Presbyopia : SOLUTIONS 

  • Eyeglasses
  • Contact Lenses
  • Eye Surgery

Precription eyeglasses are the most common and least invasive solution to correcting vision problems. Innovations on eyeglasses such as progressive lenses give people with presbyopia clear vision at all distances.

Advantages

  • Generally more affordable than eye surgery and contact lenses in the long run. A single pair can be worn for a long time unti your prescription changes.
  • Can provide additional protection from natural elements like wind and dust, and from blue light for people who are often exposed to digital screens.
  • More convenient as it requires little cleaning and maintenance than contact lenses.
  • Many different options on lens and frames can be worn to express your personality or fashion. Frames can be re-used even if your lens need to be changed if your prescription changes over time.

Disadvantages

  • May require adjustments or even pressure on sinuses and ears when not fitted properly.
  • Easily fogs up in cold weather or low temperature.
  • Lenses can be easily scratched or damaged unless protective lens coating is applied.

Contact lenses are tiny lenses worn 'in contact' with the cornea for visual correction. They perform the same function as eyeglasses but are usually for short-term use. Multifocal contact lenses are also available to correct vision problems due to Presbyopia.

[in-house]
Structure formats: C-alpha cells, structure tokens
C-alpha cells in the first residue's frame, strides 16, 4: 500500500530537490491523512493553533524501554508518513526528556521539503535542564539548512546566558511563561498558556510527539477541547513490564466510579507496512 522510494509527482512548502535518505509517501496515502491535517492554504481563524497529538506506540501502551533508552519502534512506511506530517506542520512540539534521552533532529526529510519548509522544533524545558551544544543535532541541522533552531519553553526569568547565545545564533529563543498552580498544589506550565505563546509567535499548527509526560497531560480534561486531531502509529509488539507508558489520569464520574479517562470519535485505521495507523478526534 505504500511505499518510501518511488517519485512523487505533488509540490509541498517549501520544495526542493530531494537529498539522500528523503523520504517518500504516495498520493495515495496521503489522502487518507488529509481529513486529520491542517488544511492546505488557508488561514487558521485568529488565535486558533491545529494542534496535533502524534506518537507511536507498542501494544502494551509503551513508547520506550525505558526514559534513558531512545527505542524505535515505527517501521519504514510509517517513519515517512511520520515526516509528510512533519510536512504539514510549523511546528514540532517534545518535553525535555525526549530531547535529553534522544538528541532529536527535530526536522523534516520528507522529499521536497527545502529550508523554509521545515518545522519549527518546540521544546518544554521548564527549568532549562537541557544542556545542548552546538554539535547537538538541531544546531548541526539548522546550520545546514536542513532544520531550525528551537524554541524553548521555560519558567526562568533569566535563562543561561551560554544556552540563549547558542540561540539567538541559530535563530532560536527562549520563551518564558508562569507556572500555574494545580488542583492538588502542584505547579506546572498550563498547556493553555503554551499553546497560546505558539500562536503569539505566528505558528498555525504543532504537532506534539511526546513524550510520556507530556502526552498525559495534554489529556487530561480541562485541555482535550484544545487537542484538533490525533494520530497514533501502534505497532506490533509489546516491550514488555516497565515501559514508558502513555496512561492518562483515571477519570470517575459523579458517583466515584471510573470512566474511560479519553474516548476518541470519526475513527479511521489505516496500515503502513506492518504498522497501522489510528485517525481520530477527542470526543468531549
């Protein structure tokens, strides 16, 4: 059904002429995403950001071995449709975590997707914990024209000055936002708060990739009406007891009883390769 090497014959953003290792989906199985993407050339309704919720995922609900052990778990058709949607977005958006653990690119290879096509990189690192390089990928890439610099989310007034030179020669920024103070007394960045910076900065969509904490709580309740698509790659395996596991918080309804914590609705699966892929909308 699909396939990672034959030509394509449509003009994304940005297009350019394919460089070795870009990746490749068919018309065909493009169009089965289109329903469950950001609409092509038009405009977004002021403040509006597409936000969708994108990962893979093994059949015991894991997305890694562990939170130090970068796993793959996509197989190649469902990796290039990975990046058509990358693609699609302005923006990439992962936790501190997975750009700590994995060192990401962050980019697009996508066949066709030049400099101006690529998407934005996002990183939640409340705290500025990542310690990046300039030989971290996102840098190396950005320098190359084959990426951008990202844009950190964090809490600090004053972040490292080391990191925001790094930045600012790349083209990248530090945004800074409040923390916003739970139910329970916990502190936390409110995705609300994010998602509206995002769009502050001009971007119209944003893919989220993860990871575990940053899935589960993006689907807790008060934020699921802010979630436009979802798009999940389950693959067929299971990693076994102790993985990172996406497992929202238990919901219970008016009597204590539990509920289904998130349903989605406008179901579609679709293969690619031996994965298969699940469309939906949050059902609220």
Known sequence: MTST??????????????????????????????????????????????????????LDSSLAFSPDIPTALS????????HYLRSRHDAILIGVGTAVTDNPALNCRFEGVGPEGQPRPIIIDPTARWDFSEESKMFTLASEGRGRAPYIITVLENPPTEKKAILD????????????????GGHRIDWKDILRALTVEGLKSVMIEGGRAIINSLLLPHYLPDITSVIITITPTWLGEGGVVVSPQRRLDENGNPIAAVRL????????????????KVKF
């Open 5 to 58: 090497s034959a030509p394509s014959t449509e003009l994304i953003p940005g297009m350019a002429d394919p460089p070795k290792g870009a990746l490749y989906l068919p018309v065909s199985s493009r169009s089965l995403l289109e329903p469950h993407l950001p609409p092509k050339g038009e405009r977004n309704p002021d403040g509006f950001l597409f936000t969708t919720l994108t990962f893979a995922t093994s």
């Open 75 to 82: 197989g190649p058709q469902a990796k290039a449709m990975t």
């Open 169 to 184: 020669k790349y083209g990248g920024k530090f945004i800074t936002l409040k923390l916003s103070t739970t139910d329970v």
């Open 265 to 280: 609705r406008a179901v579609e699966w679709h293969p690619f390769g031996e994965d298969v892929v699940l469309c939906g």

Advantages

  • Larger field of view than eyeglasses as contact lenses sit directly on the eyes.
  • With contact lenses, peripheral vision is unobstructed and is therefore less restrictive when doing activities.
  • An ideal alternative for people who don't prefer eyeglasses such as those with active lifestlye, or in certain professions.

Disadvantages

  • If proper lens care is not observed, contact lenses can be prone to infection which may lead to more serious or long-term eye problems.
  • Many people find it troublesome to put on contact lenses.
  • May be considered inconvenient as it is not advisable to wear them during sleep or when you bathe.
  • Contact lenses prescription needs to increase as human eye gets older.

Some surgical options are also available for correcting presbyopia. However, not everyone is suitable for surgery. A comprehensive eye exam with an opthalmologist is required to determine if this is the best solution for you based on your age, eye health, and medical condition.

Advantages

  • Considered as a longer-lasting solution for most vision correction problems.
  • Ideal for extreme sports enthusiasts who prefer not to wear eyeglasses or contact lenses.

Disadvantages

  • Complications from surgery are irreversible
  • Potential occurrence of glare, 'halo effect' or dry eyes after surgery.
  • You might still need to use glasses for other tasks.

Types of Eyeglasses: Progressive, Bifocal & Reading Glasses

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Reading Glasses

Reading glasses are designed for close-up work and while they don’t have to be worn all day, their optical power is limited.

The lenses are a standard vision parameter, not measured to your own specific vision needs. While they may help you temporarily, you may feel easily tired when using them for a long time.